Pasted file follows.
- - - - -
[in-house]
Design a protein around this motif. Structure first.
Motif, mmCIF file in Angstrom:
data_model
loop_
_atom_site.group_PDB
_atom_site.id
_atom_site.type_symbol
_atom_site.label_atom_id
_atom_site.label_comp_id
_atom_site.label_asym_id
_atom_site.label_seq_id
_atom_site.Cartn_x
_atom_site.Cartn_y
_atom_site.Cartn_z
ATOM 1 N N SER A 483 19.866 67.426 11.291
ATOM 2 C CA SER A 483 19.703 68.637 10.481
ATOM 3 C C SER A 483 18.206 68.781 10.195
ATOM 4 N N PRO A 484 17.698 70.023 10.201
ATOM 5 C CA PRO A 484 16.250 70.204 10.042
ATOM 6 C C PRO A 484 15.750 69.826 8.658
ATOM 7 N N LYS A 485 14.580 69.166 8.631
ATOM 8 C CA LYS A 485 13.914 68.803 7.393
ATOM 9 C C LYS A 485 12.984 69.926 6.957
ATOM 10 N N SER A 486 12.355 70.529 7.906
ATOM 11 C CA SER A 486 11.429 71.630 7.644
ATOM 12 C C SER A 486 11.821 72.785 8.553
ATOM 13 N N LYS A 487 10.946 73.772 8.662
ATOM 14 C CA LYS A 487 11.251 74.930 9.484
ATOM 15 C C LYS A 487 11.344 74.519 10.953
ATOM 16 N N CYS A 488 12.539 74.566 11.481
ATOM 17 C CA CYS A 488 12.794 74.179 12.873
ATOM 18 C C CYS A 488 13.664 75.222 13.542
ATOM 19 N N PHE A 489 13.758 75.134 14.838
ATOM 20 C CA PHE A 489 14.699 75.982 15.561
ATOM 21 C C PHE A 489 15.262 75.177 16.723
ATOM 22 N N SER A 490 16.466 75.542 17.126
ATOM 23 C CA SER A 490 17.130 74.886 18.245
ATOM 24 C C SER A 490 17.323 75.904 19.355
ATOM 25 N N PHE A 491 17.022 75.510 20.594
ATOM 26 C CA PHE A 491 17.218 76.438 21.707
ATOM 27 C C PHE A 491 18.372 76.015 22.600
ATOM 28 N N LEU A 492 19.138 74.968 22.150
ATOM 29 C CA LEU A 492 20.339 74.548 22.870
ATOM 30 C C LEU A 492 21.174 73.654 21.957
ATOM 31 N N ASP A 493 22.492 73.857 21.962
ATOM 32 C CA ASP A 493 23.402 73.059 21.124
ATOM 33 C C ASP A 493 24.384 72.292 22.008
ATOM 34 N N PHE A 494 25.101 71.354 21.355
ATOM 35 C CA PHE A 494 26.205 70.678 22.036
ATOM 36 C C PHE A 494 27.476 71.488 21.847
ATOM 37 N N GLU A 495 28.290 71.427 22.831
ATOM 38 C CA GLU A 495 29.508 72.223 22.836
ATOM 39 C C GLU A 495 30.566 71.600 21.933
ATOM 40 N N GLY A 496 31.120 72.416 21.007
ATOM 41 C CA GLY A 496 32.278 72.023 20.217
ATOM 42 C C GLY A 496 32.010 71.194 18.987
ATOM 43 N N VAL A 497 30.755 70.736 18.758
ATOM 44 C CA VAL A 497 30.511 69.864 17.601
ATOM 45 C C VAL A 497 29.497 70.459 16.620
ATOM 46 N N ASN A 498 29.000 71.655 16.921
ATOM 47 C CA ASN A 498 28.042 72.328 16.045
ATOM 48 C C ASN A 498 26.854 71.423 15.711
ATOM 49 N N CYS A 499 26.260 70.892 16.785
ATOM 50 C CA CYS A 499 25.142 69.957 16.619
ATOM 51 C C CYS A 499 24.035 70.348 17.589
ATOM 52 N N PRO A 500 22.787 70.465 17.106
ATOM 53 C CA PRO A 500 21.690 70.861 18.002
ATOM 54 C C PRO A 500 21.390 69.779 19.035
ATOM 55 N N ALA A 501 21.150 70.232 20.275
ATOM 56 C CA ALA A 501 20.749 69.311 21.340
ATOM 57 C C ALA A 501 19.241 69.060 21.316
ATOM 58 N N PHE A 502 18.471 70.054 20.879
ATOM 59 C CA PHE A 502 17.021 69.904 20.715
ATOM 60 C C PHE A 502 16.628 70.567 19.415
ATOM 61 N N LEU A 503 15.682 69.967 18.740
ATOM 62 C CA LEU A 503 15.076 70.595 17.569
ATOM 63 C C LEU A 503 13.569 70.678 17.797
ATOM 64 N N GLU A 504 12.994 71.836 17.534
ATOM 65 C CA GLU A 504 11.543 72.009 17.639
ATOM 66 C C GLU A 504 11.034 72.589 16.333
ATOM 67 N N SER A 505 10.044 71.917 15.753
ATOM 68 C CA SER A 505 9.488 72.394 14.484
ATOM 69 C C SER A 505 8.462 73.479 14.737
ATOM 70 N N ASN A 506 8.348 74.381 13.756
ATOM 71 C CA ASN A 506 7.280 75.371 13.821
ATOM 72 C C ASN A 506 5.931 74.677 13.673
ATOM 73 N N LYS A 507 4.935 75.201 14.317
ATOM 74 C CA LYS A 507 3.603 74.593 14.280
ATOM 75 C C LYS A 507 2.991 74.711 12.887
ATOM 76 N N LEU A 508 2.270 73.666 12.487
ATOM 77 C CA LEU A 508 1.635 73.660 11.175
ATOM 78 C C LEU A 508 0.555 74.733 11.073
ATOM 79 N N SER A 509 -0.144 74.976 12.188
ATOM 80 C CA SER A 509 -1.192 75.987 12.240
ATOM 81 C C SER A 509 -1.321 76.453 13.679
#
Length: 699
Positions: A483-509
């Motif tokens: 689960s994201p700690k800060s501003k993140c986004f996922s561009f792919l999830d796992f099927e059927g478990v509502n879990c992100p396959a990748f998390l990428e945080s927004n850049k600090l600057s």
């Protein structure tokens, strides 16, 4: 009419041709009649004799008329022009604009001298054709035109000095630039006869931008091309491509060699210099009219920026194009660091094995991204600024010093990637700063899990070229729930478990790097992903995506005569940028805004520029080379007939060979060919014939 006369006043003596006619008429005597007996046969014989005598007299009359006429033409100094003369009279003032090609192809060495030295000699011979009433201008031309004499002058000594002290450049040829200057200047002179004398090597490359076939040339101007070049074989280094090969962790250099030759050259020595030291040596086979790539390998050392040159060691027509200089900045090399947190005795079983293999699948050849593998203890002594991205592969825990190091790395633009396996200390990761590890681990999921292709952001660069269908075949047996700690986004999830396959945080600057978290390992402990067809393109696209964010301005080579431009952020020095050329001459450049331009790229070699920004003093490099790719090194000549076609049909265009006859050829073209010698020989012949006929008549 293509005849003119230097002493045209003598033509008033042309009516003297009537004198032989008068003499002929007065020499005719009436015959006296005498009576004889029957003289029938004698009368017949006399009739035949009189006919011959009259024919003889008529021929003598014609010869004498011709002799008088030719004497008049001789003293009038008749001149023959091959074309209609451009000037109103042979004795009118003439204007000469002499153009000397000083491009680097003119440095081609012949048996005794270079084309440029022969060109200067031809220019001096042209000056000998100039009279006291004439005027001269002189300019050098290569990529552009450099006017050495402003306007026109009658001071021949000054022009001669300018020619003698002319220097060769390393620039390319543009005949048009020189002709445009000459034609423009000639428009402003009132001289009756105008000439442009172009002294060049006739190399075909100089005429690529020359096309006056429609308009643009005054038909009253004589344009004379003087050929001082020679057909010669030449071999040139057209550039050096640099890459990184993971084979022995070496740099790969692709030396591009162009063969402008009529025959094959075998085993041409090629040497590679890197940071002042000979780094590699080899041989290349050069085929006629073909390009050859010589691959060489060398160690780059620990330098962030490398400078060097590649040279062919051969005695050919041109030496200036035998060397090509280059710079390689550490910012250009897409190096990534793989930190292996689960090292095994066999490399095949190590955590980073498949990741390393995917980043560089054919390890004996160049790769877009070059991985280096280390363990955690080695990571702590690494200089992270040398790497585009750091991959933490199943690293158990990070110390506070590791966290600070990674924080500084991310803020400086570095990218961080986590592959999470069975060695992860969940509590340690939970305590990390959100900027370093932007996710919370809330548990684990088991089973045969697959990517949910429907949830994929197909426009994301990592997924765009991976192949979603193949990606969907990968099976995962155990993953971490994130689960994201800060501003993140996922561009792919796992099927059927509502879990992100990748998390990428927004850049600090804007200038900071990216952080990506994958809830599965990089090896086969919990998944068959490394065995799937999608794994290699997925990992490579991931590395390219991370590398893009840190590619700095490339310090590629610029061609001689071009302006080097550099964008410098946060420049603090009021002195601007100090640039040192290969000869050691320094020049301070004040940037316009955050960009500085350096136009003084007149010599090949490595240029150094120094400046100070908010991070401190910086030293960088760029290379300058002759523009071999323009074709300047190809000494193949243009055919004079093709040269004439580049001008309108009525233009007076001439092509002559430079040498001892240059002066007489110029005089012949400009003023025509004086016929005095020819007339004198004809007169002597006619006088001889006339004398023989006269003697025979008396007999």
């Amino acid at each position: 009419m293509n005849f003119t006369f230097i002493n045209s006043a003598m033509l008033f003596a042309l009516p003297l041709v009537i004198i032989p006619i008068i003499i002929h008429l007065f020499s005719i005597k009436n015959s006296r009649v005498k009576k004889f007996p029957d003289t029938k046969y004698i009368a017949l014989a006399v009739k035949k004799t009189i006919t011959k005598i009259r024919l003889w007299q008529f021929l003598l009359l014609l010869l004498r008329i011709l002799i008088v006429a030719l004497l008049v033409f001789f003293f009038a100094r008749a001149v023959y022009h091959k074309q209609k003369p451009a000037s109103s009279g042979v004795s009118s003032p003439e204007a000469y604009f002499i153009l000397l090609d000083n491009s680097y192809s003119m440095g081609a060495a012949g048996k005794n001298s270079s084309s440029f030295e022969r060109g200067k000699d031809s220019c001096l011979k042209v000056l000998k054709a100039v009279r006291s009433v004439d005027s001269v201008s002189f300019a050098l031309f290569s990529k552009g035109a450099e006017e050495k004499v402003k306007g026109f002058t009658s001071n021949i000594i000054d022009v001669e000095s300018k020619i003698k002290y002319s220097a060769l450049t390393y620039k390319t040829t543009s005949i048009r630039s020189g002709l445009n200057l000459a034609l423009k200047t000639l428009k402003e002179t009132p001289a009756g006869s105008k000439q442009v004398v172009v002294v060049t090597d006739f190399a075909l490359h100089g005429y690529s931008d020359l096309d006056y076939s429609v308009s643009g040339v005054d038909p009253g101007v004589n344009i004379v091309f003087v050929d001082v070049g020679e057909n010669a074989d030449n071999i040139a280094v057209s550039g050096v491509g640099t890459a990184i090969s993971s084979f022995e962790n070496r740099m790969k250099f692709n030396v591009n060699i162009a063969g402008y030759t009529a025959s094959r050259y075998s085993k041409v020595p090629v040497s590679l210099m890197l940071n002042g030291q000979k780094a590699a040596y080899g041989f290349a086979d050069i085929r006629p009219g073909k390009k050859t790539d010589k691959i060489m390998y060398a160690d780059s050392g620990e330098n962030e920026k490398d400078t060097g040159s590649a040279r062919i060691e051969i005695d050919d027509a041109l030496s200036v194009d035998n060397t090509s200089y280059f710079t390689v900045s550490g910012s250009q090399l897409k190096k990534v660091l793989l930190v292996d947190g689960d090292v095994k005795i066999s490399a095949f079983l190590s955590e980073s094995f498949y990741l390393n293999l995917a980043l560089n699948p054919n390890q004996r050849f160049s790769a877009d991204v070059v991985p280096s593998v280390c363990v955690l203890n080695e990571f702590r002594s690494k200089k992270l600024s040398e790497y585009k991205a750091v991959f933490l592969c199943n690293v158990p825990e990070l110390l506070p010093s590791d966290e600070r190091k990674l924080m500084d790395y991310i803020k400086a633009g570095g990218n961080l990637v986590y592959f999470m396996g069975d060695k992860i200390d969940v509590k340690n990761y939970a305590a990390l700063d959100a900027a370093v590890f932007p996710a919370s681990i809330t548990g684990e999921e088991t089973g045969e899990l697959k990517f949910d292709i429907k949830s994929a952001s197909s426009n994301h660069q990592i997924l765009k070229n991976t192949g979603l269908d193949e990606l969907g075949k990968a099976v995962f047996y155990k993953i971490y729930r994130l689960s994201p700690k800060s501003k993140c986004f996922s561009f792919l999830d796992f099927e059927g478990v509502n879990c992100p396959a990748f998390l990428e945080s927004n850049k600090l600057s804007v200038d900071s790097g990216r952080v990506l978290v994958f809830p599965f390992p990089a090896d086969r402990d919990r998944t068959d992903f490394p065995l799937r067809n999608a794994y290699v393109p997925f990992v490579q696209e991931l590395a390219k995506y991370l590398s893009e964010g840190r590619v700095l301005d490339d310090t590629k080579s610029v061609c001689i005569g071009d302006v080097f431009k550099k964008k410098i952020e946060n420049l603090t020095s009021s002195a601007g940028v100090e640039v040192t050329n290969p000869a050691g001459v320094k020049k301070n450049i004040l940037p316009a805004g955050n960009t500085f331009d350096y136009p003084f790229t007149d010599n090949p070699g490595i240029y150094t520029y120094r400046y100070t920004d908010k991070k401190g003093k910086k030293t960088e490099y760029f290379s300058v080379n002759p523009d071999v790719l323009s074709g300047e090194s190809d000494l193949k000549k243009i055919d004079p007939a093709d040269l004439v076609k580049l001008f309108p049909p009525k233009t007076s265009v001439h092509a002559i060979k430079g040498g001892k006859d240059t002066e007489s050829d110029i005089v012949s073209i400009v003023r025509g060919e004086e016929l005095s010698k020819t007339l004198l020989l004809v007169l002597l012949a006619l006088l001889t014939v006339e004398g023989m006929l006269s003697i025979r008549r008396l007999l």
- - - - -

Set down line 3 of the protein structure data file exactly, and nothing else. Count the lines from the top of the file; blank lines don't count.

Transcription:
Motif, mmCIF file in Angstrom: